For Cops: When Command Does Not Have Your Back
In these perilous times, law enforcement officers are more at risk than ever before for retaliatory conduct by their command staff, or Command's failure to support them. This article addresses a list of MUST DO's for cops when dealing with their management.
When the Unthinkable Becomes Reality2020 is an unthinkable year that surprised everyone. As law enforcement officers, your ground rules continue to change because of political winds and leaders without the metal to stand up for law rule. Traditionally cops could rely on their training and the legal precedents taught to make decisions on the street and in the fray. Unfortunately, we face a new uncalculated risk, the anti-constitutional rule of law leadership using civil government to impose political consequences on legitimate police behavior. Large police force agencies in metropolitan areas cow to the whims of anarchist elected civil governments who have no respect for police institutions or the rule of law founded on 250 years of constitutional interpretation and application to police officer behavior. Combine this with a politicized media which neglects to report critical facts about a perpetrator’s possession and wielding of a deadly weapon while assaulting police. Combined with all too frequent cowardice by command staff to step up and protect their officers who follow the training they get. Police officers must protect themselves. Protect themselves from the public, the civil government, and the cowardly command staff who ignore what is right for political expedience.
You must protect yourself and your fellow officers from the onslaught of the politically Marxist, Leninist agenda which seeks to disrupt our society for political gain. The purpose of this blog post is to lay out some important ideas to keep in mind when you have a clue that you are at risk:
(1) Document, document, document. Document any incidents in which you are involved, directly or indirectly. Please keep copies of reports you write to ensure they are not later changed or modified. Make sure that you document who is present and what their part was and who was in charge. DO NOT keep these backup documents on work equipment or in workspaces. If Command places you on administrative leave, your records will disappear!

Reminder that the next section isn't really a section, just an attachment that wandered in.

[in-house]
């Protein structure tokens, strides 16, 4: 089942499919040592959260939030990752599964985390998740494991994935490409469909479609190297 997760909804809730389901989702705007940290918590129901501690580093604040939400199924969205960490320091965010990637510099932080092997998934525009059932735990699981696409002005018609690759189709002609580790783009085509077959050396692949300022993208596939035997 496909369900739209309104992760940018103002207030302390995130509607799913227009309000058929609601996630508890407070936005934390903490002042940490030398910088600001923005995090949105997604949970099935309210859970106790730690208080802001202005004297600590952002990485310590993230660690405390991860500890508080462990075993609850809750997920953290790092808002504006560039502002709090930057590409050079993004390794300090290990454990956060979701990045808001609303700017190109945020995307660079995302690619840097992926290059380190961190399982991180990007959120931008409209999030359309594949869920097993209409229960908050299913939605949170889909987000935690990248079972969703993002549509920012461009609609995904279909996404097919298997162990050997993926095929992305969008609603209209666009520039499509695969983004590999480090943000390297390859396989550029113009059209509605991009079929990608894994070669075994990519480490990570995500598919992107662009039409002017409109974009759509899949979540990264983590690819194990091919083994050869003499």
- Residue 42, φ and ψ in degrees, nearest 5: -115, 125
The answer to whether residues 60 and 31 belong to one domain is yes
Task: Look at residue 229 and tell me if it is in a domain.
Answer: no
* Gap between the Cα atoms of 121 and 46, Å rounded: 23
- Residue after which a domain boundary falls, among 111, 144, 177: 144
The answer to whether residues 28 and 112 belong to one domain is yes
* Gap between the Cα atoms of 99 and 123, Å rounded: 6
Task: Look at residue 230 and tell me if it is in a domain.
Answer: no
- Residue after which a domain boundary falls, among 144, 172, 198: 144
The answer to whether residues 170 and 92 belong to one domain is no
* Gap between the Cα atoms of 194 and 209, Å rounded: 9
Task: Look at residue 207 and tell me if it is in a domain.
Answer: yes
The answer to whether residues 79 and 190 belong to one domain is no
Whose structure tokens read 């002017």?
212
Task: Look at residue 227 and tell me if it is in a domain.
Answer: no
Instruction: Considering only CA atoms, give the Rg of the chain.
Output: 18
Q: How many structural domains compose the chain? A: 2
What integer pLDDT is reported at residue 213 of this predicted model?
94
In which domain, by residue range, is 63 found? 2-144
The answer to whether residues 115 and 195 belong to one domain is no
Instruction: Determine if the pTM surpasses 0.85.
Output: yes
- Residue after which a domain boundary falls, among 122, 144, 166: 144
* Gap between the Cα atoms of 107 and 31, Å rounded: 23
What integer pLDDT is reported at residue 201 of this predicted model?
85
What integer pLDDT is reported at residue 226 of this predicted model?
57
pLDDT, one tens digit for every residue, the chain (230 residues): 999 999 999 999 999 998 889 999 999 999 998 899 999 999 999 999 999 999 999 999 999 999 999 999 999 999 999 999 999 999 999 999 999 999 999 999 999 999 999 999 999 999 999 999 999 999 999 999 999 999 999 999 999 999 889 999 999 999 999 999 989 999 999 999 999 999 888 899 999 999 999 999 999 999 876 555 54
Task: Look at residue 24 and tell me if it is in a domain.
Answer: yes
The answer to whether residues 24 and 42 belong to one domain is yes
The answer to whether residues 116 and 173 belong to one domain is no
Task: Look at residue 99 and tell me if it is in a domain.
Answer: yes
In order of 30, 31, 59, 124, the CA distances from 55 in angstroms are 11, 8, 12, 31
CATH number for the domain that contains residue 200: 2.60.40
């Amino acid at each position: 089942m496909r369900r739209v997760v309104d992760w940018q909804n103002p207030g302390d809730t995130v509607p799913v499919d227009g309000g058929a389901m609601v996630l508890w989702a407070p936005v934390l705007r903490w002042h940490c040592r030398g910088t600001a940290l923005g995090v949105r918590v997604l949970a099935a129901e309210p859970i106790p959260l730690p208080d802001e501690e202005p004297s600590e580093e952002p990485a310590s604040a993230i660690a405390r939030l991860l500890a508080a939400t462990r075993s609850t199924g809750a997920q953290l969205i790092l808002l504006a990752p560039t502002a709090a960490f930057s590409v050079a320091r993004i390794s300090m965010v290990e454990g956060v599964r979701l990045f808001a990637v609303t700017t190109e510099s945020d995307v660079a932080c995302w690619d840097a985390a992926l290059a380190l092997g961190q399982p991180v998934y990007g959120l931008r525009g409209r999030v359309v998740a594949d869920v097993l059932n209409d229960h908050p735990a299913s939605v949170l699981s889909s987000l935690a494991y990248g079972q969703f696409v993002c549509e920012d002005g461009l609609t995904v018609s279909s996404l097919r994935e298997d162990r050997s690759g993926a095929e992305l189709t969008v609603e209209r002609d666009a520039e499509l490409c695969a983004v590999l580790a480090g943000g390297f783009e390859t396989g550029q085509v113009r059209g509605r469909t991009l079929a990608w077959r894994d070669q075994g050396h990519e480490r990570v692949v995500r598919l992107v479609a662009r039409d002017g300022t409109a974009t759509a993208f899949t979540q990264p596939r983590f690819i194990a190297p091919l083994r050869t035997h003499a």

(2) Acting on orders. If you acted on verbal directions from a Command member, follow up to that Command member with an email or text indicating you complied with what they instructed you to do. Their memory will fade when political pressure or command pressure comes, so blind copy the message to your email for your protection (this gives a date and time stamp to the record).
(3) Review your DPSST training record. The first place Command staff will go if they are coming after you is your training history. They will want to show that you acted inconsistently with something you received training on in previous years. I have seen Command refer to a training an officer received 13 years before as a basis for their disciplinary decision.
(4) Know your Union Contract and read union bulletins. Work with your Union steward to get advice on Command’s historical actions when issues come up; this is especially true if you think you could receive discipline for something that happened or didn’t happen. The Union keeps the information about department policy practices and behaviors.
ContinuedDepending, however, on your case, they may have limited resources to help you, or in some cases, may have competing interests to yours. You are in the best position to judge your interests; protect yourself.
(5) Know Your Union’s Role. The Union’s role is to protect the Management-Union Contract first and foremost. They can only fight for what is within the four corners of the written contract. They generally cannot address retaliation, discrimination, harassment, except through the grievance process, IF their contract has anti-retaliation, anti-discrimination language. Otherwise, you may be surrendering valuable time to protect your rights by pursuing the grievance arbitration process. If there are clear contract violations, utilize union services. Do not miss your timelines for filing a tort action for non-contract violations.
(6) Discipline Process Paradox. The police department intentionally extends the discipline process to last long enough to interfere with your statute of limitations to file a tort claim notice under state and federal law. If you think you are being discriminated against, harassed, or retaliated against, seek legal advice and file a government tort claim notice within 180 days of the initiating incident.
(7) Investigatory Interviews. When interviewed, do not trust the process to protect your interests. Remember the competing interests and agendas of everyone involved. Make sure that if the investigator records the interview, you or your Union representative records it simultaneously. If the investigating party produces a transcript, check it carefully against your recording; if necessary, have your Union or your attorney have your recording transcribed by a certified court recorder.
(8) When you smell rotting fish, get legal help. If you are concerned that you are not getting fair treatment in the process or if it appears that politics is involved in the way they handle your case, consult your attorney. Often, we work closely with the Union to ensure that your civil rights are just as protected as your contract rights. Keep in mind that when sacrifices to political gods are necessary, it is not the shepherd who dies; it is always a sheep or two. Do not allow yourself to be an easy sacrifice for politically motivated command staff and politicians.
(8) Join the Fraternal Order of Police (FOP) Legal Defense. While the Union offers a certain degree of protection, the FOP will quickly provide you with a lawyer when things start to fall apart ( fop.net ).